ByJoshua Young, writer at Creators.co
Joshua Young

Before I get into my little review or tantrum here, I want to start off by clearing up something; I totally understand that movies differentiate from books and that a screenwriter has more restrictions and guidelines to construct a story for a movie, whereas an author has as many pages he or she wants to tell their story. With that being said, it is also evident that if a book to be adapted into a screenplay, some major changes are to be made in order for the story to flow at a more rapid pace and in a manner that satisfies the audience for an hour and half or two. However, as taken upon the creative liberties as a filmmaker, at what point is there to draw a line when starting to stray maybe a little too far from the book?

As a fan of Tolkien's sophisticated fantasy world and of course reader of The Hobbit, I personally wasn't too impressed with Peter Jackson's second adaptation, The Desolation of Smaug. Partially, it may have been the excessive action and overkill of CGI and special effects (which don't get me wrong, look stunning) but much like a lot of movies that come out today, its getting almost out of hand to the point of no boundaries. It sort of becomes less practical and far fetched from physics and reality. Granted this is a fantasy genre, I don't believe this is what Tolkien might have ever imagined. And by that I mean, the elves of Mirkwood leaping through the air while shooting down an orc with a bow and arrow. Or Bilbo falling from tall heights that would seemingly severely injure any ordinary person. Just because this is a magical world it does not mean the characters are invincible in it. At least not in Tolkien's Middle-Earth... or so I gathered while reading the book.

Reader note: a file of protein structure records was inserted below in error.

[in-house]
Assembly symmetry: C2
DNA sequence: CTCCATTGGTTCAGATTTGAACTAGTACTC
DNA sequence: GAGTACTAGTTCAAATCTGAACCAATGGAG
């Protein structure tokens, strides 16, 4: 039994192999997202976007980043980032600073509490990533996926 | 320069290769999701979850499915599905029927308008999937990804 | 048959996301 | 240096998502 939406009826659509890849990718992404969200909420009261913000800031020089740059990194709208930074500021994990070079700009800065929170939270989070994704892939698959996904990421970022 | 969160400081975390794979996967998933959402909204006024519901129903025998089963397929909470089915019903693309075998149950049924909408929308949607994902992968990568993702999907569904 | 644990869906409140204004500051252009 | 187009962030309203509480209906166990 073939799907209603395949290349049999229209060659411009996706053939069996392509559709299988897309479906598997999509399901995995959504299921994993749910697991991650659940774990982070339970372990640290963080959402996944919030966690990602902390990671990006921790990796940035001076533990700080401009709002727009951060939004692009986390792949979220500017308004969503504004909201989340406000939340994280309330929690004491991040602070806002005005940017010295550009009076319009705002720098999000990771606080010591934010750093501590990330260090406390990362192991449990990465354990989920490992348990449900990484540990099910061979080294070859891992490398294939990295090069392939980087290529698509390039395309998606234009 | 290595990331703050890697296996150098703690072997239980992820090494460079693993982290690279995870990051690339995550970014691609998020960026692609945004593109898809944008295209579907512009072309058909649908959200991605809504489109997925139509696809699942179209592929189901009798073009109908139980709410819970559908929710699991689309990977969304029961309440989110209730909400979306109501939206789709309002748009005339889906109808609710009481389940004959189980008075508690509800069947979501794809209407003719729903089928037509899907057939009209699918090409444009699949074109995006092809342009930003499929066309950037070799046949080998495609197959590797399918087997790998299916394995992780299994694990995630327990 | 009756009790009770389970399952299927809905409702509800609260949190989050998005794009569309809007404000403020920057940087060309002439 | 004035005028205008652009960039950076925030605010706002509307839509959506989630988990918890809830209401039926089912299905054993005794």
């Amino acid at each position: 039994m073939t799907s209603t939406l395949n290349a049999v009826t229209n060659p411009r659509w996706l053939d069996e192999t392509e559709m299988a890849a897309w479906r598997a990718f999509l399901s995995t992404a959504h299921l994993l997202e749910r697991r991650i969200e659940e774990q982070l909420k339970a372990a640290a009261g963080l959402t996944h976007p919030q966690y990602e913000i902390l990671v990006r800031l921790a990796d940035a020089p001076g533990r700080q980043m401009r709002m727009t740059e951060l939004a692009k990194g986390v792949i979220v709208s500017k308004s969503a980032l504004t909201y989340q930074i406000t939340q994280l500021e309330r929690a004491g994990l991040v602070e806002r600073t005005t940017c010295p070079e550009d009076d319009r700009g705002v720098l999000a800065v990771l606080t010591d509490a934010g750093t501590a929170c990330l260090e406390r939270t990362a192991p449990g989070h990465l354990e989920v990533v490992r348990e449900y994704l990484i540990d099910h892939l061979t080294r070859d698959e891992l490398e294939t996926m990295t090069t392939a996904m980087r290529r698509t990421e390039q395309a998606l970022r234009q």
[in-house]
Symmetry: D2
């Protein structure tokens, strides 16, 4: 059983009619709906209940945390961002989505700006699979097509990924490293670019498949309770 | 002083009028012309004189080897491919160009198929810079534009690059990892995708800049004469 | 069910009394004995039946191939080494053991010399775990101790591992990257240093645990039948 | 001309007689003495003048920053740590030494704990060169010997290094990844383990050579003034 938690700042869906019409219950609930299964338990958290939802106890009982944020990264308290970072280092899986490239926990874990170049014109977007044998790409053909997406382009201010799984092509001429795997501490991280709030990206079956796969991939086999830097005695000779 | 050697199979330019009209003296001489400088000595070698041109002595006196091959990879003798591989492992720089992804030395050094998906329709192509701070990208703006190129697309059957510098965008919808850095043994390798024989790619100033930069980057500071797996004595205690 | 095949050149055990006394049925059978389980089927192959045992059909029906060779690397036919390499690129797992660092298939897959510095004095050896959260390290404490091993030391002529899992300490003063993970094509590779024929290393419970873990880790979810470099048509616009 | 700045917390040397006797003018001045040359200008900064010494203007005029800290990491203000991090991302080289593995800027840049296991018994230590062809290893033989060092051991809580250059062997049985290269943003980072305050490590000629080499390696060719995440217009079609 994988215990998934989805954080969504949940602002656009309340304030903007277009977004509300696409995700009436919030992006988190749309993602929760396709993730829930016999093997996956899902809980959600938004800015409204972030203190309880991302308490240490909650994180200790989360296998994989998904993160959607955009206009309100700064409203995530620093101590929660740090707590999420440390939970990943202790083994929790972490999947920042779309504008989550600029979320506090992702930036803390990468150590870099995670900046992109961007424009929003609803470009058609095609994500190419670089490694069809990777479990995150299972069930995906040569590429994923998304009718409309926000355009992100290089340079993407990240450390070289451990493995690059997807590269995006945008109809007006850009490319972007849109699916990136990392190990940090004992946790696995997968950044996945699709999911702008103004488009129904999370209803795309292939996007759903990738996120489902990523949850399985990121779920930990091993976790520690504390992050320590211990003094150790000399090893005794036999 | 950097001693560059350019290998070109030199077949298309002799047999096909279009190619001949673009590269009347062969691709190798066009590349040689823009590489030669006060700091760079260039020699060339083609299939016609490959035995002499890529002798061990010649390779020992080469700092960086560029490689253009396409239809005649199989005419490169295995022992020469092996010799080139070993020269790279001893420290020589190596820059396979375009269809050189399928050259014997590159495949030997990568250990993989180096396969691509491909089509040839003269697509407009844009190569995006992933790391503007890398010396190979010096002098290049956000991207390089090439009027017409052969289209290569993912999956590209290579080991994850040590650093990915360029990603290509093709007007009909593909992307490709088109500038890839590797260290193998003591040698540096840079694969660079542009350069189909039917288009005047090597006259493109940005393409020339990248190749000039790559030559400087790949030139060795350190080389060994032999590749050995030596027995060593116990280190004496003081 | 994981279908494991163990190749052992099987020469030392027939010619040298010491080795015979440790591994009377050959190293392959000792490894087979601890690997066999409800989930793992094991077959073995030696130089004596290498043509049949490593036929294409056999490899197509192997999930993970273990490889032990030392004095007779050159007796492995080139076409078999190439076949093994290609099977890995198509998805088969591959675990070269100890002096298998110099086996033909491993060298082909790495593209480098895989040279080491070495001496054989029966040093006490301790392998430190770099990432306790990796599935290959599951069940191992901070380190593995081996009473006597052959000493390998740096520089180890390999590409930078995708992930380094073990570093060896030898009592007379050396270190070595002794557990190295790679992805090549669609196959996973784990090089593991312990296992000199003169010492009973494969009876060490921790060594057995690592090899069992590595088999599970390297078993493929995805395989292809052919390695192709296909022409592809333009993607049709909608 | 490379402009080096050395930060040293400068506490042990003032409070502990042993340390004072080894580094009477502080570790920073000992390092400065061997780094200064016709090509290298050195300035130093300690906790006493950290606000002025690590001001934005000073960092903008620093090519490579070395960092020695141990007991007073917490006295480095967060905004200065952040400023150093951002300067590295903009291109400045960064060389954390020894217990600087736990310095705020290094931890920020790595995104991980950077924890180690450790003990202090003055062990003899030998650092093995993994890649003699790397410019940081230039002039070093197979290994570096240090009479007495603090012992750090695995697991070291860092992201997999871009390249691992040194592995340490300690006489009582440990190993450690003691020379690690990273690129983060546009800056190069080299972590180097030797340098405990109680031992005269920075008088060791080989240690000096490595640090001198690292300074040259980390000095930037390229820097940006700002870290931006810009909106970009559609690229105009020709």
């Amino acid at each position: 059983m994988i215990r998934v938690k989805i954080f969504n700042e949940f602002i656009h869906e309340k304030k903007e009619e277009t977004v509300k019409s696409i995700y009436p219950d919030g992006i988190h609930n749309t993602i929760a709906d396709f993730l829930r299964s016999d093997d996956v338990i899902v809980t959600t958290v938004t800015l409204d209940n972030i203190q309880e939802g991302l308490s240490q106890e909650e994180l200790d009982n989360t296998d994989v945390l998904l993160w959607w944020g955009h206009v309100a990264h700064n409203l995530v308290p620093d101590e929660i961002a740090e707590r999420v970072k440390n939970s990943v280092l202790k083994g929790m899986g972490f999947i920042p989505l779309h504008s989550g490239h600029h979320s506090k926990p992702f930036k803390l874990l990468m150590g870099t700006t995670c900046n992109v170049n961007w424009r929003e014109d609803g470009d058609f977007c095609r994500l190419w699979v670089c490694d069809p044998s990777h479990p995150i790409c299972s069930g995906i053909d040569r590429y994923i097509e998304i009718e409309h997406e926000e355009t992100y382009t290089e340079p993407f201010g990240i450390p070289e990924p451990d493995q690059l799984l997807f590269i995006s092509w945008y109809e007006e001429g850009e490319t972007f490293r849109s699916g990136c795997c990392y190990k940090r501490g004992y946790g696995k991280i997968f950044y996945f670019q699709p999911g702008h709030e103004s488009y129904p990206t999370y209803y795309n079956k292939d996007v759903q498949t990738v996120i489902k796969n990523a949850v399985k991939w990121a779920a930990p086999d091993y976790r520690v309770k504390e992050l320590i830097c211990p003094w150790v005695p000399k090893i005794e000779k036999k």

Bilbo falling through spider webs down a tree.
Bilbo falling through spider webs down a tree.

And yes, I am aware that a director's stylistic vision alters from the original book to make it his or her own and give something to people that's new, but I found in The Desolation of Smaug that perhaps he ignored the book and changed it around too much. Almost to where it was hard to watch. I didn't get that same feeling I always get when watching the Lord of the Rings trilogy (no matter how many times I've seen them). I'm more or less just not a huge fan of his decisions in this movie. For instance: the last 30 to 40 minutes were spent under the mountain luring and fighting Smaug until he finally decides to "visit" Lake Town right before it abruptly ends.

I was expecting to see Smaug slayed by Bard! Although, that wouldn't have bothered me too bad, if they hadn't rushed through the scenes at Beorn's house and when the dwarves were held captive in Mirkwood. I would have loved to see more of that! But instead, the story takes a swift turn when Bilbo failed to recover the Arkenstone.

The Hobbit
The Hobbit

Now, despite my review and opinions on this movie, I did enjoy it and I think that a true fan would as well. It is safe to say that instead of a movie based off the book, it is a movie that expands on the book. Elaborating on what was both there and not there, and maybe embellishing it a little too much to my personal liking, but overall a fun, adventurous journey that Peter has taken us through and leading up to the next chapter, There and Back Again.


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